An October 1, 2012 report from the Congressional Research Service (CRS) analyzes the impact of impending across-the-board cuts to Federal spending known as “sequestration” on implementation of the Affordable Care Act (ACA). Overall, the report finds that sequestration would have a relatively low impact on ACA-related spending because much of it remains exempt from the sequester. The Budget Control Act of 2011 (BCA) requires spending cuts during FYs 2013-2021 in order to shave $2.1 trillion from the federal budget deficit.
The BCA specifically exempts Medicaid from sequestration. Because much of the ACA’s expansion of insurance coverage results from an expansion in Medicaid eligibility, the report finds that funding to support such an expansion will be exempt from sequestration. Moreover, refundable tax credits, including those established by the ACA to subsidize the purchase of insurance by individuals who do not qualify for Medicaid, also are exempt from sequestration.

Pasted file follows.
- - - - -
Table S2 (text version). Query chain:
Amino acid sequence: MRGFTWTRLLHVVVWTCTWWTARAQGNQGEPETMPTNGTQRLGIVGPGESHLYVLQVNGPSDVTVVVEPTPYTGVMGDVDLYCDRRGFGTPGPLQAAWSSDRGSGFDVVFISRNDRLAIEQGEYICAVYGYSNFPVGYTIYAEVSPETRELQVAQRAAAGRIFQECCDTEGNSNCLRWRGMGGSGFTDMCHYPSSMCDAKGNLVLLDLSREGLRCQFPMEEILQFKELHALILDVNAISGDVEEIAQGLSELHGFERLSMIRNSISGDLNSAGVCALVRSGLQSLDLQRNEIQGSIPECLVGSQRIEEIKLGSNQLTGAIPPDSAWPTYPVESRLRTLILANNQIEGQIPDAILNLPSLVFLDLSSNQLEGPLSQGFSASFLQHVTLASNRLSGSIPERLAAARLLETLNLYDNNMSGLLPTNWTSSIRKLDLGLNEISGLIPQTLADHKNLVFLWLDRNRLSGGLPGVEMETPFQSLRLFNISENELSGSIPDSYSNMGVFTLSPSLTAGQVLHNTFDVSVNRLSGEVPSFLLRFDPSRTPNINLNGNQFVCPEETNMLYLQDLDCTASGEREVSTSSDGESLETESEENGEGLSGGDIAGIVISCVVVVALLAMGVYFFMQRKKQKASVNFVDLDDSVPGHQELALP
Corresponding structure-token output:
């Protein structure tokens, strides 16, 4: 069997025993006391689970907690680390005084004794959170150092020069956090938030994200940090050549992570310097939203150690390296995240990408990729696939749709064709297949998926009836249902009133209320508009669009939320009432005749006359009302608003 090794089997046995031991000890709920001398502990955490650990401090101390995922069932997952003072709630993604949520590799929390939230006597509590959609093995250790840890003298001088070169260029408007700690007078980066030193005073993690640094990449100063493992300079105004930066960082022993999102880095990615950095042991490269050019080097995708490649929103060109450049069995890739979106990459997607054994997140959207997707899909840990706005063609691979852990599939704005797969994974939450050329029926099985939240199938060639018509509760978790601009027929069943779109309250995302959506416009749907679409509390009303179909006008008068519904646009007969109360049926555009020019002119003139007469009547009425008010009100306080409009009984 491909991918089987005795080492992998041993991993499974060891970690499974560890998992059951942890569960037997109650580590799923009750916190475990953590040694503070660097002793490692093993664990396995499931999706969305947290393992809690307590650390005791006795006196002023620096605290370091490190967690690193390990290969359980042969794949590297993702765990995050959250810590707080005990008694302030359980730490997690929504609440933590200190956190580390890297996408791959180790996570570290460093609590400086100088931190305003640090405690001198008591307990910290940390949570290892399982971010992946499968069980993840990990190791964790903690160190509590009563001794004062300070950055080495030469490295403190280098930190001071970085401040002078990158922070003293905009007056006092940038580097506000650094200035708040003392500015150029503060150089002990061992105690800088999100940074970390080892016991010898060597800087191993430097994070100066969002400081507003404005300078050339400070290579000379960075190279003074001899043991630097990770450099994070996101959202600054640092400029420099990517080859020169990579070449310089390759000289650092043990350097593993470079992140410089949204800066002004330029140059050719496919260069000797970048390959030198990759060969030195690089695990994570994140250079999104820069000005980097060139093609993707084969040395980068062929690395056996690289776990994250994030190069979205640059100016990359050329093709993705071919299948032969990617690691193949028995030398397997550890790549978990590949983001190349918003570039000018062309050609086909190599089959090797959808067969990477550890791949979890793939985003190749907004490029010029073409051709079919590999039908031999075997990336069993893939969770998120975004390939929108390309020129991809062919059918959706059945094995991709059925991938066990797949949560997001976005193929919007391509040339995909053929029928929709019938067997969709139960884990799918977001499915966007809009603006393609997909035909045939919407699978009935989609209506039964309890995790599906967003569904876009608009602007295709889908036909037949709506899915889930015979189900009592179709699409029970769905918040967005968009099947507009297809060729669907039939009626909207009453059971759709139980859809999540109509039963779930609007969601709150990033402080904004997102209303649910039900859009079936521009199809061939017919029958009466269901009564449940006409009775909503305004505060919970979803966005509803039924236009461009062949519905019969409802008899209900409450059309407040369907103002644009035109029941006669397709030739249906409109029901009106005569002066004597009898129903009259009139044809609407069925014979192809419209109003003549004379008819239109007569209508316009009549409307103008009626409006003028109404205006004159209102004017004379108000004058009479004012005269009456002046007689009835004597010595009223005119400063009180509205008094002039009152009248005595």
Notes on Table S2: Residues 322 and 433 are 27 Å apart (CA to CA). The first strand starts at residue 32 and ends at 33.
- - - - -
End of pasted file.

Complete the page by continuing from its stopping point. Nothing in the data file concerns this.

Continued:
In general, the report finds, discretionary spending authorized by the ACA will be subject to sequestration in FY 2013. For subsequent years, the BCA establishes limits on overall federal spending. The report notes that ACA-related discretionary spending in those years is likely to be reduced as “Congress and the President . . . determine through the annual appropriations process which accounts are to be reduced, and by how much, in order to meet those limits.” The report also notes, however, that the cuts apply only to “new budget authority” for a given year; that is, money that Congress has specifically made available for use beginning in FY 2013 or later. The cuts will not apply to funds appropriated under the ACA for use beginning in a prior fiscal year (i.e., FYs 2010 and 2011) that remain unspent. Such “unobligated balances” include funding to the Pre-Existing Condition Insurance Plan.
The CRS report is available here.